The British Standard for thesaurus construction recommends that plural terms should be used, except for a few well-defined cases, and my view is that this practice should be followed. Unfortunately, there are many records in museum collections which have been given singular "object names", and the work of changing these to plurals in a move to a thesaurus structure may be so great as to require some compromise.

7.3 Parts and wholes

The British Standard recommends that when indexing parts or components, separate terms should be assigned for the component and for the object of which it forms part, so that aircraft engines would be indexed by the two terms Aircraft and Engines. This causes problems in a museum collection, however, because items indexed in this way would be retrieved in a search for Aircraft, when only whole aircraft were being sought. It therefore seems preferable to use a term such as Aircraft components. A particular engine may well be an aircraft component, but it is not an aircraft. Similarly a timer from a cooker can be indexed by the terms Timers and Cooker components, and a handle broken from a vase might be indexed as Handles and Vase fragments. There needs to be local agreement on how this approach is to be applied to a particular collection.

In the thesaurus, BT/NT relationships can be used for parts and wholes in only four special cases: parts of the body, places, disciplines and hierarchical social structures.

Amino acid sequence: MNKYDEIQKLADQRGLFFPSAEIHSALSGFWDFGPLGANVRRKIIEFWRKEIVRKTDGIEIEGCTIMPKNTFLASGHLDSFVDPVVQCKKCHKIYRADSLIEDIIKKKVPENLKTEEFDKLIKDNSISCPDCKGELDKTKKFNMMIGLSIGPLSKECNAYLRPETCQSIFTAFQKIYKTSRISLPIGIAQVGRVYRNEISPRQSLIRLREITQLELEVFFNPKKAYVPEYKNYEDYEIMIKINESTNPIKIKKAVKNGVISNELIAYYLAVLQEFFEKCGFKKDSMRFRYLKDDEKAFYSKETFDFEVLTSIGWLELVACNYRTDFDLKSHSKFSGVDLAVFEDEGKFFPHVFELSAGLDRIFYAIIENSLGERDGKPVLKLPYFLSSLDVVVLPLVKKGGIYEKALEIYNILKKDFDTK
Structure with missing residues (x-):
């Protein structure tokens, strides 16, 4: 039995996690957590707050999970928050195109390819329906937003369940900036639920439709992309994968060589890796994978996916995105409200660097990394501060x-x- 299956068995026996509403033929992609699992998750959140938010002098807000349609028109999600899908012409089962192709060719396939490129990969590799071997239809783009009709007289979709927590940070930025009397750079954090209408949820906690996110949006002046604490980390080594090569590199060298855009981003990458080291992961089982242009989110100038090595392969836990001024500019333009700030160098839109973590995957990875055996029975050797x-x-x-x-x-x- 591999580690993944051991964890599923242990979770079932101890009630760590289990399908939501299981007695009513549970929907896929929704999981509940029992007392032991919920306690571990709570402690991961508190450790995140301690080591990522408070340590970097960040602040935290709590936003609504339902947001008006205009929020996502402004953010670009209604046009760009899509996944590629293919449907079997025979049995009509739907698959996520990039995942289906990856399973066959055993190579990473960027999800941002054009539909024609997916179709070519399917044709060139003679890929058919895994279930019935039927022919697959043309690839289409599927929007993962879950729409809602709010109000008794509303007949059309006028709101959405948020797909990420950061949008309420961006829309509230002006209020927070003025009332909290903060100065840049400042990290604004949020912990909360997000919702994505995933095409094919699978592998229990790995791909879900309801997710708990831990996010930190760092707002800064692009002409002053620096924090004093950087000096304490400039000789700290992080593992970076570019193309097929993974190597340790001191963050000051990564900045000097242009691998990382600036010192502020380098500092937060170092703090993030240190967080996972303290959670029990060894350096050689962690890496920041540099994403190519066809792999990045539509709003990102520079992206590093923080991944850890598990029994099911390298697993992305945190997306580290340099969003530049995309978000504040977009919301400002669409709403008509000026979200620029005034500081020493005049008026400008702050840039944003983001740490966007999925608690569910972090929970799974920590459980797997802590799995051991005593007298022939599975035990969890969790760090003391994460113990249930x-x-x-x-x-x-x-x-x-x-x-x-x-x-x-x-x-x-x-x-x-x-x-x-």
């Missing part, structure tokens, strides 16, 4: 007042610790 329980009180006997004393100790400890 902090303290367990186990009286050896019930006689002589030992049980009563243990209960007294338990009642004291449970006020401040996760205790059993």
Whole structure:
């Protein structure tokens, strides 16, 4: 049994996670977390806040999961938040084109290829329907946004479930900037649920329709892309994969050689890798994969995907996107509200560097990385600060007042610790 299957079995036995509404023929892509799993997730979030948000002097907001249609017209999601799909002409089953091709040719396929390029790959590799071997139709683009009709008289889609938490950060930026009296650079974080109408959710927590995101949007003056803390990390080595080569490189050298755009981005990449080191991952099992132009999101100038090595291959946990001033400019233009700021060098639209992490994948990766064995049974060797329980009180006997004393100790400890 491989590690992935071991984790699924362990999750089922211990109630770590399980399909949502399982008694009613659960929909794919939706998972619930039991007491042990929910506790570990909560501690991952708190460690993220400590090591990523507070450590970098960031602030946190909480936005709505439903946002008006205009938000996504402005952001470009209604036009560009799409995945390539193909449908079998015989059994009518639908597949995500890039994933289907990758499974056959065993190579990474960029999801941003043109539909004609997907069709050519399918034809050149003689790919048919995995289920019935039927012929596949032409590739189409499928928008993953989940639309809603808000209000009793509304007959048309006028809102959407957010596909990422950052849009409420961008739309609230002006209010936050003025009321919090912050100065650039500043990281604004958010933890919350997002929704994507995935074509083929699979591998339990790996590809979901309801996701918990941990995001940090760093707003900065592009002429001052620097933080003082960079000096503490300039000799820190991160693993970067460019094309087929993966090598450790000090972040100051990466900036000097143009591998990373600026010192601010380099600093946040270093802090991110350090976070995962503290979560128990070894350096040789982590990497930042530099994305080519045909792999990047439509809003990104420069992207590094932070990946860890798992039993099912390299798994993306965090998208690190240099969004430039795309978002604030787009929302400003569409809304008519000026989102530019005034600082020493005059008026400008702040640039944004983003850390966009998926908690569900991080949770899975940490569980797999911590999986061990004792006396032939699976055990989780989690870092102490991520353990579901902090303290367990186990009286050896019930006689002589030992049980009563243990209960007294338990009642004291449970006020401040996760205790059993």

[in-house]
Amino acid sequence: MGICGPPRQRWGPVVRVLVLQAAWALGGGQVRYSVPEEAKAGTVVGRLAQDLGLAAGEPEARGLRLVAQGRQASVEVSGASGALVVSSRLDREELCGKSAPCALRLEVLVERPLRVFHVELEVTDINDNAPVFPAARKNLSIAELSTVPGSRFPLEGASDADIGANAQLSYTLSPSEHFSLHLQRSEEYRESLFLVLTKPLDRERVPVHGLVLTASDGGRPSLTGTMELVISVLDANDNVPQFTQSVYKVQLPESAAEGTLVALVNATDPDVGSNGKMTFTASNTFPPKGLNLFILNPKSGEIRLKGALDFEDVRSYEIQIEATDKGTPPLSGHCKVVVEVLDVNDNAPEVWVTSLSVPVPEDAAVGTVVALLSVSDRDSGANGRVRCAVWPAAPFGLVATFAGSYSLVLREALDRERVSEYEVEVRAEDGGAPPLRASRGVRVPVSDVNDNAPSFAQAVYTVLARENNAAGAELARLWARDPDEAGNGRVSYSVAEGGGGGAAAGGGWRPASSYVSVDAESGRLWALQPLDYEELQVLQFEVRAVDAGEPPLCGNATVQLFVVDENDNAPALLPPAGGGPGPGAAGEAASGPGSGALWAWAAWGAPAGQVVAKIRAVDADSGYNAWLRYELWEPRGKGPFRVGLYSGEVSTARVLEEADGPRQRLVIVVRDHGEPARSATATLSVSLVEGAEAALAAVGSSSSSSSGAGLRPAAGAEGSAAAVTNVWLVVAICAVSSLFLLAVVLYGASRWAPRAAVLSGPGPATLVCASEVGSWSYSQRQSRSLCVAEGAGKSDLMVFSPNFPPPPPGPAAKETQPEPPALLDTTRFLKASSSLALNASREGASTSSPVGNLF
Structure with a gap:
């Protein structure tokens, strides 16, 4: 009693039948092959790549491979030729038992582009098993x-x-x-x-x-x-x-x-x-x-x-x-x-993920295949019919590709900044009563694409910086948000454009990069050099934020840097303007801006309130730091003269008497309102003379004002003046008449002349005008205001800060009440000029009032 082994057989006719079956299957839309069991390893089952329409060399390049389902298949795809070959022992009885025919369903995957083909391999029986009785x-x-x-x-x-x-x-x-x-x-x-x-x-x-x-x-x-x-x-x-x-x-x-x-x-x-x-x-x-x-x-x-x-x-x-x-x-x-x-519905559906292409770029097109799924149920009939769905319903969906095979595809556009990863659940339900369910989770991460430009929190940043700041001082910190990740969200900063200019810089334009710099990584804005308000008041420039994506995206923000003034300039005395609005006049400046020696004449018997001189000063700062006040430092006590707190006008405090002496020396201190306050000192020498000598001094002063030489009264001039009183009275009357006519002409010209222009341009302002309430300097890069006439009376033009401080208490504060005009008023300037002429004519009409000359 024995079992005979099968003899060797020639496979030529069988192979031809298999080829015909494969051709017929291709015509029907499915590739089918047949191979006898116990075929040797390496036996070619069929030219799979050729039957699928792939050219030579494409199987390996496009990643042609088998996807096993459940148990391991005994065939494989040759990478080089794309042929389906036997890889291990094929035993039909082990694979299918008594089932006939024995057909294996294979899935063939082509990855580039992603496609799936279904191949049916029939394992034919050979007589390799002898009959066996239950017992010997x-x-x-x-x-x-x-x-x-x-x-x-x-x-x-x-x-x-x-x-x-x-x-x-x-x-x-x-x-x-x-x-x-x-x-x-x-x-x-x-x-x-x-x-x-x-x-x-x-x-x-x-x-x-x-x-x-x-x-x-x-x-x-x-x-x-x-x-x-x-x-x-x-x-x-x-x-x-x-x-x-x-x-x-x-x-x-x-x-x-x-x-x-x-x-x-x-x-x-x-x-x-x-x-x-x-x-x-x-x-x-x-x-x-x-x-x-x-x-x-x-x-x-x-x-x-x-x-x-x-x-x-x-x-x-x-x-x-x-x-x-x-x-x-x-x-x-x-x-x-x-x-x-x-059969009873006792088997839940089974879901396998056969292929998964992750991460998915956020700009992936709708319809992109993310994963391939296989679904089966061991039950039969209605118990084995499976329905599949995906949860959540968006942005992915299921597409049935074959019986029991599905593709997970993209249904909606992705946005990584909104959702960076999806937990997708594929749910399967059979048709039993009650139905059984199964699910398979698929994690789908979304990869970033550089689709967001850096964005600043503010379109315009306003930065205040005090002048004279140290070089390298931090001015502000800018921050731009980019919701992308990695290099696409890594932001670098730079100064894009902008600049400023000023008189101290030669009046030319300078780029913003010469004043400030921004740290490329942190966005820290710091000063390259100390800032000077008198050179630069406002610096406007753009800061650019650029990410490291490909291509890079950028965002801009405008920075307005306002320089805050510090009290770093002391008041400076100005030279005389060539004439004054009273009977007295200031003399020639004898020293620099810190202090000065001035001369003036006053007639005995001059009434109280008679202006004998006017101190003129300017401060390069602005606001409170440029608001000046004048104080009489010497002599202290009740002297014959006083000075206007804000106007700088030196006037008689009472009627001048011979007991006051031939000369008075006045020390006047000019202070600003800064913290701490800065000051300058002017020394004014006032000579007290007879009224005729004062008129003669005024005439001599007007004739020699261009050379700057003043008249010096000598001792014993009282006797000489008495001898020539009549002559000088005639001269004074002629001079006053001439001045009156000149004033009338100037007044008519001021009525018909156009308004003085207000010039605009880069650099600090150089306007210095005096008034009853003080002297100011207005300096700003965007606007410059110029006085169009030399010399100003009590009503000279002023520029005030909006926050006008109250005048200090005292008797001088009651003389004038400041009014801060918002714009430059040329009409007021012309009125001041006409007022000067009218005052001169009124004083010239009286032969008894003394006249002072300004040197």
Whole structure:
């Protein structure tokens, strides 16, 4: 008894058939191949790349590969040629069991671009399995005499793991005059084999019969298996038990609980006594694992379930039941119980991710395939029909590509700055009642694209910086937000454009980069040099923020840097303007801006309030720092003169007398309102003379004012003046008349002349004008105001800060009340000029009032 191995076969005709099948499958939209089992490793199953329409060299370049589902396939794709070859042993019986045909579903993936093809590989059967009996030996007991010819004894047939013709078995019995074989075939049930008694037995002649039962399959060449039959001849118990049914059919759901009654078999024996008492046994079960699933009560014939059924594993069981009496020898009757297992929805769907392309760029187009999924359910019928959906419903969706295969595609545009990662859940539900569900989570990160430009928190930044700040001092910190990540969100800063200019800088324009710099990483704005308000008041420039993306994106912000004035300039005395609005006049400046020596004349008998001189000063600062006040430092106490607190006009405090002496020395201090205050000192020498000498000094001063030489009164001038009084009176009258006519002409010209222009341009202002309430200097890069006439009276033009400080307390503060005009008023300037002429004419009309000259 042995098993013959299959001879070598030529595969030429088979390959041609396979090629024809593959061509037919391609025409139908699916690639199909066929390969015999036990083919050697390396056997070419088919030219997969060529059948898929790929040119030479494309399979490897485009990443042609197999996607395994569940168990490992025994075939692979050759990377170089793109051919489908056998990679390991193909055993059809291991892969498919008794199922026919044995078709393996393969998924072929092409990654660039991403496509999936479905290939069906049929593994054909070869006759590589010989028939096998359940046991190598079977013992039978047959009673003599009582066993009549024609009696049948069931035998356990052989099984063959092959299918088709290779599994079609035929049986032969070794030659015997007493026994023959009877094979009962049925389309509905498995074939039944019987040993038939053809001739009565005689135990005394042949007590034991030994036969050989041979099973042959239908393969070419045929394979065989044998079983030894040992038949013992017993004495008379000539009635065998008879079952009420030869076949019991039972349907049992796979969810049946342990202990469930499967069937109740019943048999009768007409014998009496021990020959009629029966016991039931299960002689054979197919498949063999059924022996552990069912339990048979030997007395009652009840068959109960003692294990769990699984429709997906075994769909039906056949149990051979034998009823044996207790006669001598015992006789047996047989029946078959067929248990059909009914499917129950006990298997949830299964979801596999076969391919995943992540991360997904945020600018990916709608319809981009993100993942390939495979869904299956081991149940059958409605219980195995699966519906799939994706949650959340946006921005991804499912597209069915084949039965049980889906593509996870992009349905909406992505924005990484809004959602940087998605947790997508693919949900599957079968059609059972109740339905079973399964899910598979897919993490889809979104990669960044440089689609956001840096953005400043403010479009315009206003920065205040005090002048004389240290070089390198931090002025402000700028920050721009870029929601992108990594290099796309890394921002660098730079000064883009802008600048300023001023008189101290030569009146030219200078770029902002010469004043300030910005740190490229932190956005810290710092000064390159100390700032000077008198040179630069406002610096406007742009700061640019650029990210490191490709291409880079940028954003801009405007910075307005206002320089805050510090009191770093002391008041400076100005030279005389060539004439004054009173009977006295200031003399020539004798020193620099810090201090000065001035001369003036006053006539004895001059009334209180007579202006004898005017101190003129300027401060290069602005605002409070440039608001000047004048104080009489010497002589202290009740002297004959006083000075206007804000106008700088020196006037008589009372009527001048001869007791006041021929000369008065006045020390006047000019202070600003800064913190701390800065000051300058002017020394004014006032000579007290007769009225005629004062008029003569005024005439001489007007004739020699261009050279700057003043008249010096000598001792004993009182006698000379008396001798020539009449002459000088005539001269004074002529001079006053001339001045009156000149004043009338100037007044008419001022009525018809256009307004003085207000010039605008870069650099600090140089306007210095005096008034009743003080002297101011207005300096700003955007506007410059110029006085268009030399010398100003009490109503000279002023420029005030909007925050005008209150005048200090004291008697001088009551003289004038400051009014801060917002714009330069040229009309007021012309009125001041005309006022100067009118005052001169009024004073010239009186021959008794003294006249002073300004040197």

7.4 Polyhierarchies

As shown in the sample thesaurus above, a term can have several broader terms, if it belongs to several broader categories. The thesaurus is then said to be polyhierarchical. Cardigans, for example, are simultaneously Knitwear and Jackets, and should be retrieved whenever either of these categories is being searched for.

With a polyhierarchical thesaurus it would take more space to repeat full hierarchies under each of several broader terms in a printed version, but this can be overcome by using references, as ROOT does. There is no difficulty in displaying polyhierarchies in a computerised version of a thesaurus.

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8 Use of a thesaurus when cataloguing

A thesaurus is an essential tool which must be at hand when indexing a collection of objects, whether by writing catalogue cards by hand or by entering details directly into a computer. The general principles to be followed are:
  1. Consider whether a searcher will be able to retrieve the item by a combination of the terms you allocate.
  2. Use as many terms as are needed to provide required access points.
  3. If you allocate a specific term, do not also allocate that term's broader terms.